One Equal World

Utah’s First Gay Mayor Jackie Biskupski

Posted on: November 23, 2015

Image: Shutterstock

Image: Shutterstock

Tuesday, November 17, 2015 is a day to go down in Utah history. Salt Lake City, home to the Mormon Church, elected their first openly gay mayor, former lawmaker Jackie Biskupski. And better yet, it was a surprise to no one.

Biskupski says that Utah has come a very long way. When she was first elected to office in 1998, some of her lawmaker colleagues would not shake her hand. And now LGBT issues didn’t even define the race between her and her mayoral opponent, the incumbent Ralph Becker. The two are friends, and he’s vowed to work with her to ensure a smooth transition.

Becker, 63 and a Democrat, helped pass a 2009 city anti-discrimination ordinance and officiated dozens of the first gay marriages after Utah’s surprise ruling overturned their same-sex marriage ban.

The election does, however, come on the heels of a number of local strikes against the queer community. In the days before Biskupski’s victory, a SLC judge removed a foster child from a lesbian family to place her with a heterosexual couple, and the Mormon church issued new rules targeting gay members and their children; specifically that the children of gay Mormon couples could not be baptized until they reached adulthood and publicly disavowed same-sex relationships.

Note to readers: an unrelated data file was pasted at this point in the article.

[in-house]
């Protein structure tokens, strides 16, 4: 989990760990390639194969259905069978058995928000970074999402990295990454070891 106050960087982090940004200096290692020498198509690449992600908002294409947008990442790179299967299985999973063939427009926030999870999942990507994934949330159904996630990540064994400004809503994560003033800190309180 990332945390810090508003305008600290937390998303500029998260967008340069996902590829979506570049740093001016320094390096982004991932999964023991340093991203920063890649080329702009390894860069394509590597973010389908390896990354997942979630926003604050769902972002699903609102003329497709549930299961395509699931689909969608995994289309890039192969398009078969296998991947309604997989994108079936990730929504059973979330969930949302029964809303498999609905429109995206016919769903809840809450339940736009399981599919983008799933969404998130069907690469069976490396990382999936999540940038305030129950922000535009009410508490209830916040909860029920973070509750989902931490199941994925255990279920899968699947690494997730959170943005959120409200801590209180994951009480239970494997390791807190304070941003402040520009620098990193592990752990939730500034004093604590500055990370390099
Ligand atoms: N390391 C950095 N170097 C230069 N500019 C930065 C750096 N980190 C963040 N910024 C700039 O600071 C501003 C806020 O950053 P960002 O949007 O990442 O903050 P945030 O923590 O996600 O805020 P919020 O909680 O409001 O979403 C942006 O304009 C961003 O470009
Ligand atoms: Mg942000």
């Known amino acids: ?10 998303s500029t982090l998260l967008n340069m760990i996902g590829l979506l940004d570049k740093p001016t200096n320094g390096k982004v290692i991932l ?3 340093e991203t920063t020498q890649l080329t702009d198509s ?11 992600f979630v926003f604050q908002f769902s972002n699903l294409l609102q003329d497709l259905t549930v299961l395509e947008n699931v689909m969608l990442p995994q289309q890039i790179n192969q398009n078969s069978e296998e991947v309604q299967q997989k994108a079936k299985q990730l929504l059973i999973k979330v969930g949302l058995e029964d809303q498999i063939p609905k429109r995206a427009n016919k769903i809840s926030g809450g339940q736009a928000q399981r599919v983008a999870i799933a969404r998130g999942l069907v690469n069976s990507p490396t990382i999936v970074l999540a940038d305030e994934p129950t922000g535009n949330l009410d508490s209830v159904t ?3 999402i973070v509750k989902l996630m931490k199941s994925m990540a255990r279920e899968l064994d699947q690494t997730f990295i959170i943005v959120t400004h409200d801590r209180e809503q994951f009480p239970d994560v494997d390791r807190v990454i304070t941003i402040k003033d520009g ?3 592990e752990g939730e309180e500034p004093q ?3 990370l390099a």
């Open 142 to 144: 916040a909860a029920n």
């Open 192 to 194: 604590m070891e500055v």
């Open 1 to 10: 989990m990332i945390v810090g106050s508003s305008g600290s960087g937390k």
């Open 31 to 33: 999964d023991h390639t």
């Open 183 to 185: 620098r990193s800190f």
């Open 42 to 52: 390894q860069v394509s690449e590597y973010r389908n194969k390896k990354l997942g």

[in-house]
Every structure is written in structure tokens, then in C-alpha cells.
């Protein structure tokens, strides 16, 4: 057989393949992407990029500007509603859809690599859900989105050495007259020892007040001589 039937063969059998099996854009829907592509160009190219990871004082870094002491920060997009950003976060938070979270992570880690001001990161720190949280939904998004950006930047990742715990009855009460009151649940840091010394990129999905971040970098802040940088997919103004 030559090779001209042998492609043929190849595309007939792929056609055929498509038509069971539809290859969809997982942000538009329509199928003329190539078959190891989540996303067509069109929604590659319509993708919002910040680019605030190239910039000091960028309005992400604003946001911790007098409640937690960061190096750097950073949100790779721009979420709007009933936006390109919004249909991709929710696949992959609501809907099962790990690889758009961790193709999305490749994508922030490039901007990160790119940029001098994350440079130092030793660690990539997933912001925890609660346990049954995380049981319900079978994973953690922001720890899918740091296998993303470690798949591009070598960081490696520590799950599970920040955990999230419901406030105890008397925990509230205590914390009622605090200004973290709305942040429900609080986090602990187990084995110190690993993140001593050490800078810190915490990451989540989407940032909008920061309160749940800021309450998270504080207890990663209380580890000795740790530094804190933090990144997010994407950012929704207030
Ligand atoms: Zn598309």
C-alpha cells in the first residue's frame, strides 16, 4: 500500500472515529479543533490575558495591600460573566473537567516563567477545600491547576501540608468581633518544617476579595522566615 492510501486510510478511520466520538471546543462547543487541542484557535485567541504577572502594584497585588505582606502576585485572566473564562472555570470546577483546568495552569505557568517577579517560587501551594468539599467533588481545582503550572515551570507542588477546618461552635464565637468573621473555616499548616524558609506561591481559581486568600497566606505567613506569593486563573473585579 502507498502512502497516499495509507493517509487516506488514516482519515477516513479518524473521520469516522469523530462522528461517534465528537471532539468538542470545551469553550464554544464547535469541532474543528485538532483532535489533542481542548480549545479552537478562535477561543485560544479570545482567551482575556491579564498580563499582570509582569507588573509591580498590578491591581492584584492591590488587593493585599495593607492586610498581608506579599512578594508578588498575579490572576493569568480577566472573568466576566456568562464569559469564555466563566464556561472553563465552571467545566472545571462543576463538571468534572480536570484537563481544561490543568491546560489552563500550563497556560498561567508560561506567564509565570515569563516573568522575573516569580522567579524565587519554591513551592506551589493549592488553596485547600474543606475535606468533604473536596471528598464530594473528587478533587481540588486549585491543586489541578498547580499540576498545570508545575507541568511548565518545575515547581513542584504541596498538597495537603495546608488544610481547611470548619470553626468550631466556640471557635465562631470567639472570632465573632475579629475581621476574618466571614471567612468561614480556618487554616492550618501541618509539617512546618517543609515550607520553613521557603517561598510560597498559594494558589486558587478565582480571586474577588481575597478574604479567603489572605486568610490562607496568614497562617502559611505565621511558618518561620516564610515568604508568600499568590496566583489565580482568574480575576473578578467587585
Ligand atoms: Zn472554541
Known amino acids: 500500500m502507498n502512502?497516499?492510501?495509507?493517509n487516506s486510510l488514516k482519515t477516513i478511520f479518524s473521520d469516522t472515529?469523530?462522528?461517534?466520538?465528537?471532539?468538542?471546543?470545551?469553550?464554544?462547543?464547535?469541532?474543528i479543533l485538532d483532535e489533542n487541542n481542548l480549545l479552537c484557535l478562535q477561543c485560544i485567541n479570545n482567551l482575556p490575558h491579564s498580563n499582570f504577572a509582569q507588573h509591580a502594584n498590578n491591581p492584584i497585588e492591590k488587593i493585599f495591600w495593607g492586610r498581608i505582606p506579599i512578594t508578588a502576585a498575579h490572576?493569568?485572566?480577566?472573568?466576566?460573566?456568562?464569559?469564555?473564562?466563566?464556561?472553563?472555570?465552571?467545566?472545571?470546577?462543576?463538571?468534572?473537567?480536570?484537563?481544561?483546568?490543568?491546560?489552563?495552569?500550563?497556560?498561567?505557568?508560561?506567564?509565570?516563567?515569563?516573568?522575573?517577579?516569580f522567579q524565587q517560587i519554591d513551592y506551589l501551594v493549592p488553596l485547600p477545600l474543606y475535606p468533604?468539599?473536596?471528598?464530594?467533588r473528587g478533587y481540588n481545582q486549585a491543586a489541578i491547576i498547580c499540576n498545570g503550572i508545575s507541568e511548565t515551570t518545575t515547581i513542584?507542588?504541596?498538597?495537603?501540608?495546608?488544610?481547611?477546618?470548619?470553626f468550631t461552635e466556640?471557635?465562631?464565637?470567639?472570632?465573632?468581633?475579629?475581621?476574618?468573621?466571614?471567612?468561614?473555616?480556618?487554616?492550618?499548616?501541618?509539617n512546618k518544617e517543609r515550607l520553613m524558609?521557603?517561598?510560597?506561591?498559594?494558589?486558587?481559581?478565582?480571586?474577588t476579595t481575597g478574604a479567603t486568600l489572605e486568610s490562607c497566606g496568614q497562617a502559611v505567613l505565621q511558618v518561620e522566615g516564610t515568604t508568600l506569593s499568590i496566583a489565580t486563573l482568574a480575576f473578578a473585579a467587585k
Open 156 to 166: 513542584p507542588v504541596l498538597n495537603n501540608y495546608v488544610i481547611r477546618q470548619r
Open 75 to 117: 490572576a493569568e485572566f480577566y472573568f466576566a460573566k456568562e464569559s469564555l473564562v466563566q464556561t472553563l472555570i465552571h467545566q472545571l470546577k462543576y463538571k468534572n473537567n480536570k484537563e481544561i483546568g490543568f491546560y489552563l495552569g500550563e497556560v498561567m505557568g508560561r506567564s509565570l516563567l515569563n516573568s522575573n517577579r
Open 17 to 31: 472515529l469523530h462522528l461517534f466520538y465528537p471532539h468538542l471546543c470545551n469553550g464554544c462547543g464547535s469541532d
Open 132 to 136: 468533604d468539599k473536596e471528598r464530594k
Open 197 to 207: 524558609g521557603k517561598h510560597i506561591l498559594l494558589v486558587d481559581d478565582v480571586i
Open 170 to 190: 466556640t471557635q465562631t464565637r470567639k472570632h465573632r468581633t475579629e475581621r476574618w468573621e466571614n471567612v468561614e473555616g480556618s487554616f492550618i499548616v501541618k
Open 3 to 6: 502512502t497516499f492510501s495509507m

It might not need to be said that Biskupski is not a member of the Church of Jesus Christ of Latter-day Saints. She says that one of her first goals as mayor is to sit with church leaders and discuss their stance, especially in the light that earlier this same year, the church endorsed a statewide anti-discrimination law that included protections for gay and transgender people. While the church is not under her jurisdiction, obviously, they have always played a role in SLC politics.

No word yet on whether this is the peak of Biskupski’s political ambitions. But one could hope she casts her eye on the gubernatorial seat in a few years. She’s more than proven she’s not afraid of the work that progress requires.

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